Most of us don't have the spare cash to buy a new fridge or a car, or even pay for a summer holiday. Instead we have to borrow the money - and that often means a personal loan.
You can usually borrow up to £25,000 with a personal loan over a term of between one and five years. The interest rates are fixed throughout the term, though they vary from lender to lender, making it important to shop around.
Calculate the cost of the loan
The structure of personal loans makes them a good option if you want to fund a major purchase because you know exactly how much you can borrow, over what period and at what rate. In other words, you can calculate exactly how much the loan will cost. Let's say you borrow £5,000 over three years at 7.1%. The monthly payments will be £154.11 and the total cost of the credit will be £547.96.
Lower monthly payments
If you lengthen the term of the loan, you lower the monthly payments. For example, the monthly payments on our £5,000 loan would drop to £98.72 if we extend the term to five years. Lower monthly payments look attractive, but there is a downside: the longer the term, the higher the total cost of the credit (you're paying back less each month, but for more months in total).
Using the same example, £5,000 over five years will cost £923.20 in total interest, £375.24 more than the same loan over three years.
Clear the debt early
You can save money on interest if you are able to pay back the debt before the end of the loan term. But watch out for any penalties. If you took out the loan before February 2011, there is usually a fee for early repayment. This fee is no longer applicable, so wouldn't attach to a loan you took out now.
Rates for bigger loans
Lenders usually charge higher rates for smaller loans. So it can sometimes make sense to borrow a bit more, especially if you are near a rate threshold. For example, you might pay interest of 10% on a loan of £7,000 but only 6% on a loan of £7,500, in which case you might be better off with a bigger loan.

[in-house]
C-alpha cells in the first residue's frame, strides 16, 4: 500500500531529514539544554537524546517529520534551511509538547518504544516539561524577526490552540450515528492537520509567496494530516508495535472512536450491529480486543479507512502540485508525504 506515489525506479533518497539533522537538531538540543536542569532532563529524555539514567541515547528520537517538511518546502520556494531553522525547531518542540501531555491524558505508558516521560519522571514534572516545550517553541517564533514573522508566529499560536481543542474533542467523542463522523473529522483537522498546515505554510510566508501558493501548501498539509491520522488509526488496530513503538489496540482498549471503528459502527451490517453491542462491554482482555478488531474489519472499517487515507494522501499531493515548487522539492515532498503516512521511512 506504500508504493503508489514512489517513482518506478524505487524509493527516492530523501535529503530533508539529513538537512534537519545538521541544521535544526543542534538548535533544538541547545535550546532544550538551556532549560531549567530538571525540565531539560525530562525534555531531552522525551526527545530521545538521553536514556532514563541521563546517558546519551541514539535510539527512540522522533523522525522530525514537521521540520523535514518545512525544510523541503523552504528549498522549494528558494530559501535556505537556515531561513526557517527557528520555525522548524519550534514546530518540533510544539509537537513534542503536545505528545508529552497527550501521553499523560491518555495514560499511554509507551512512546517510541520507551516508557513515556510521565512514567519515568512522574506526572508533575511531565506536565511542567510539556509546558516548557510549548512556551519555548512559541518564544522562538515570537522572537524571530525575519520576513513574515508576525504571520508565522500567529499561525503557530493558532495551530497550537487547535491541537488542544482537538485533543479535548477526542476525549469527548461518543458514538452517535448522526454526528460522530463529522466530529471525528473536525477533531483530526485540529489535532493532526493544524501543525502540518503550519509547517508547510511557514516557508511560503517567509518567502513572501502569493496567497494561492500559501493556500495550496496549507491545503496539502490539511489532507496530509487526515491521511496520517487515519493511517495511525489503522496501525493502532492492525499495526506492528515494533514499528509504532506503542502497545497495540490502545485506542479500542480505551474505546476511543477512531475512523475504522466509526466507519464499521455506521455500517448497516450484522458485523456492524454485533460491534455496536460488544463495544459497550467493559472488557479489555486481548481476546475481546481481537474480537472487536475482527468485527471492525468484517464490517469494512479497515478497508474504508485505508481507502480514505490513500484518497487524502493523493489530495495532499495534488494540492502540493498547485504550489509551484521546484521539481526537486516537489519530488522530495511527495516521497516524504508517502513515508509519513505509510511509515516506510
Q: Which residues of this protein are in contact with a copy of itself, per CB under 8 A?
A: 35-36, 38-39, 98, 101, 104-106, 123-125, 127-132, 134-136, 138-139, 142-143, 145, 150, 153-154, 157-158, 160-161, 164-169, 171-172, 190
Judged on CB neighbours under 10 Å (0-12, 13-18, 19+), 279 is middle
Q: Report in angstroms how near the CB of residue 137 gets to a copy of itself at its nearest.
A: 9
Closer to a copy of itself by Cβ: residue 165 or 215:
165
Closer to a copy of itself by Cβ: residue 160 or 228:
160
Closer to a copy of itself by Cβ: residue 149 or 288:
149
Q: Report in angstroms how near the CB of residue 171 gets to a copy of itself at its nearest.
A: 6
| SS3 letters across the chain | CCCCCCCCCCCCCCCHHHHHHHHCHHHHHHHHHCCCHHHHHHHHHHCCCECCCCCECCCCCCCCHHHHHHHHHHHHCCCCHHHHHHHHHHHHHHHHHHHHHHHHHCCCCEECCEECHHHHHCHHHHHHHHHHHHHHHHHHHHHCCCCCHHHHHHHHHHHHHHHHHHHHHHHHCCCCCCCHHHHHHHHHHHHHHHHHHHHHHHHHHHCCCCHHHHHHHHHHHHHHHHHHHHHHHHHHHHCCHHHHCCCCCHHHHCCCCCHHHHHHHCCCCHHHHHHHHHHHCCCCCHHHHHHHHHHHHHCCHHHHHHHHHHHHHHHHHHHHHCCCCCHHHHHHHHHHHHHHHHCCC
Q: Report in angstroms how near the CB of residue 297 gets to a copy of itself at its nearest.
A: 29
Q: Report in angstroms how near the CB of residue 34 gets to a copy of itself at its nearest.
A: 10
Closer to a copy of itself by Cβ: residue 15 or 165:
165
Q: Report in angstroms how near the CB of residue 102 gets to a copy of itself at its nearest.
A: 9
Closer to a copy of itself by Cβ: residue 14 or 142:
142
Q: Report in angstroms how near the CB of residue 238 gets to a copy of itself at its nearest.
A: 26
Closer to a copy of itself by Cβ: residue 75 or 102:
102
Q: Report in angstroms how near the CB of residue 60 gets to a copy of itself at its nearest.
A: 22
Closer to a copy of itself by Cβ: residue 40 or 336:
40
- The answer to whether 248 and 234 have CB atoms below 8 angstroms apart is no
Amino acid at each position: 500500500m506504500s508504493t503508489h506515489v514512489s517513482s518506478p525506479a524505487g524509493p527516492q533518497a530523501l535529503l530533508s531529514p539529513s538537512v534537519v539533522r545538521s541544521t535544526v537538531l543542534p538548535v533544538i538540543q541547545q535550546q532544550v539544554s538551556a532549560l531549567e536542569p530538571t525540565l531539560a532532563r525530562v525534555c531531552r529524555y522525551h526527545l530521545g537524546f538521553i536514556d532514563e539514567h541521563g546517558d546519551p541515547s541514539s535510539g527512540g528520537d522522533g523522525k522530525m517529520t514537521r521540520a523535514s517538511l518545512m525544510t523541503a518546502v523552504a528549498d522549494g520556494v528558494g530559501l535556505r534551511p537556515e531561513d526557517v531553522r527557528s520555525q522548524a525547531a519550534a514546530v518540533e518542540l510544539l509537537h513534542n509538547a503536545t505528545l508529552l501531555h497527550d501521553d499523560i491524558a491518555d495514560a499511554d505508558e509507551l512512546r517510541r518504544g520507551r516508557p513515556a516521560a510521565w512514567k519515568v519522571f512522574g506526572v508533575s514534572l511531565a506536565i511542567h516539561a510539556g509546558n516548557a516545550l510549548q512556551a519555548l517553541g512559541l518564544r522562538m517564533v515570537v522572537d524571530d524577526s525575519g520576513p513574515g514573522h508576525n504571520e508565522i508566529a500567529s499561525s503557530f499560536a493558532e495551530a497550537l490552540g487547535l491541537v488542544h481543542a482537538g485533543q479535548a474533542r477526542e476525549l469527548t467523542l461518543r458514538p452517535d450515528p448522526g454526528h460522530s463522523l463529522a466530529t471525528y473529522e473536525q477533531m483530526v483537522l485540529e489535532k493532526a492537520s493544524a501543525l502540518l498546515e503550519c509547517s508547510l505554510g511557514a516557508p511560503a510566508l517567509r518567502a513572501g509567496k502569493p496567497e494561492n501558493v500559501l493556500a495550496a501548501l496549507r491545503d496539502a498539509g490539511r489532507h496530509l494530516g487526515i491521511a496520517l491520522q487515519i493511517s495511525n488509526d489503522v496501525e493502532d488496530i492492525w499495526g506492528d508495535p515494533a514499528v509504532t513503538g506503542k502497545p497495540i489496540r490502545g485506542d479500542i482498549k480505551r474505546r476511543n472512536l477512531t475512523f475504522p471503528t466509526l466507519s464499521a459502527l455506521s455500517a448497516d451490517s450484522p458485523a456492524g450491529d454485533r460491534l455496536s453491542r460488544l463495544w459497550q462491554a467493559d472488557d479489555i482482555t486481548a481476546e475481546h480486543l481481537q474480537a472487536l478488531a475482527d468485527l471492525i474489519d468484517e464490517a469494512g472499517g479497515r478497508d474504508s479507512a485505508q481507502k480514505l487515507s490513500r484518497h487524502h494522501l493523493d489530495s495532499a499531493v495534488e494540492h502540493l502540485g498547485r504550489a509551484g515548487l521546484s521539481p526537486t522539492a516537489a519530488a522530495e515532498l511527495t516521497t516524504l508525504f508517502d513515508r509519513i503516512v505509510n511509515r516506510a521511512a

Compare loan rates
Watch out for the availability of advertised rates. The headline rates for some personal loans can be tempting, but they are not available to everyone. In fact, the advertised or representative rate need only apply to 51% of successful applicants. In other words, about half will pay a different - higher - rate (to say nothing of the borrowers who have been turned away).
An internet application also allows you to complete the form in your own time and in private - away from the prying eyes of strangers.
You should always compare loan rates to make sure you are getting the best deal - and MoneySupermarket's free online service carries the details of hundreds of loans from the country's leading lenders, including banks, building societies, supermarkets and specialist loan providers.
You don't have to contact your existing bank, though it's always worth a try in case you are offered preferential rates as a loyal customer.
You can usually apply for a personal loan online, which can be a quick and convenient way to access your money. An internet application also allows you to complete the form in your own time and in private - away from the prying eyes of strangers.
However, the terms and conditions of the loan are not always easy to understand, so some people might prefer face-to-face contact. If your finances are complicated, it might also be easier to go into a bank or building society to sort out a loan in person.
Struggling with debts
If you cannot keep up with your loan repayments you should contact the lender immediately to draw up a manageable repayment plan. Alternatively, get in touch with a free debt advice service such as Citizens Advice or the StepChange Debt Charity.
Personal loans are not secured against your property, so the lender cannot automatically repossess your home if you fall behind on the payments. However, you could end up with bailiffs at your door and the threat of legal proceedings.
Alternatives to personal loans
Credit is not easy to come by these days as most lenders are selective about their borrowers. If you don't have any luck with a bank or building society, you could try so-called 'peer to peer' lending, where you link up with another person who is willing to lend you money.
Alternatively, you could contact your local credit union or consider a loan that is secured against your property.
Moneysupermarket is a credit broker – this means we’ll show you products offered by lenders. We never take a fee from customers for this broking service. Instead we are usually paid a fee by the lenders – though the size of that payment doesn’t affect how we show products to customers.